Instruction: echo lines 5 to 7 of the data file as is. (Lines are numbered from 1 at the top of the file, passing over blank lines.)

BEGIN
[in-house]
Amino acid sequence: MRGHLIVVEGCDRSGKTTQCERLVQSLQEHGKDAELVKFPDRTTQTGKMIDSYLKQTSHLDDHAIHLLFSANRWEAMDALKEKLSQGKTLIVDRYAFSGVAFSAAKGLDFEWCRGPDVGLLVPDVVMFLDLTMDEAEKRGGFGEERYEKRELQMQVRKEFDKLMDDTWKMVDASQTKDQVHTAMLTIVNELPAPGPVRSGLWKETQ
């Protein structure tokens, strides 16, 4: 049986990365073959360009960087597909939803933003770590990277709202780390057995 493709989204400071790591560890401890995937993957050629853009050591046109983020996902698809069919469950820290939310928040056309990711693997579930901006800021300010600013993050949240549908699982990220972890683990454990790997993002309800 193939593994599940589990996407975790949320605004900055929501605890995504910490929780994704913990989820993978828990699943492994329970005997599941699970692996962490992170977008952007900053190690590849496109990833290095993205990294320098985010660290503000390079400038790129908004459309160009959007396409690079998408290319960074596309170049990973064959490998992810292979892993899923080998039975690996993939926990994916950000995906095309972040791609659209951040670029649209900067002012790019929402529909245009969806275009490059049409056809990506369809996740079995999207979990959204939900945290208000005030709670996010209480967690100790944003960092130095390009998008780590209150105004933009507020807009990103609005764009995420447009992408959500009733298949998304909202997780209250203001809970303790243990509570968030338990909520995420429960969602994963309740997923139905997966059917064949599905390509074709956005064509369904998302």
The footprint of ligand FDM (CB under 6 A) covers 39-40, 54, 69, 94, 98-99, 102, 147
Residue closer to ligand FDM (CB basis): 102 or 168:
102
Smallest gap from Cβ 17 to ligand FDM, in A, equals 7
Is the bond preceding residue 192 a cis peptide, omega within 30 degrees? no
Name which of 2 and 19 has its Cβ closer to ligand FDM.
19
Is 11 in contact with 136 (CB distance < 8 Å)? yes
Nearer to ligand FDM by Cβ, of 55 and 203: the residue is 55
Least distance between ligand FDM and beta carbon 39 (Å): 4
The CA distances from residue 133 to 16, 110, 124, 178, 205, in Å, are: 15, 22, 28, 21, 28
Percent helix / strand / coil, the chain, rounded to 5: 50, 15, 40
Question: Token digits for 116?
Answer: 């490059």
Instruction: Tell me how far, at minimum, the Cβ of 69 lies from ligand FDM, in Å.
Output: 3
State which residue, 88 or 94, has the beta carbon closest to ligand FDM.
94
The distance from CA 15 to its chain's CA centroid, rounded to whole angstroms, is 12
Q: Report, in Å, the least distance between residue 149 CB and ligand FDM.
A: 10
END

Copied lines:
Residue closer to ligand FDM (CB basis): 102 or 168:
102
Smallest gap from Cβ 17 to ligand FDM, in A, equals 7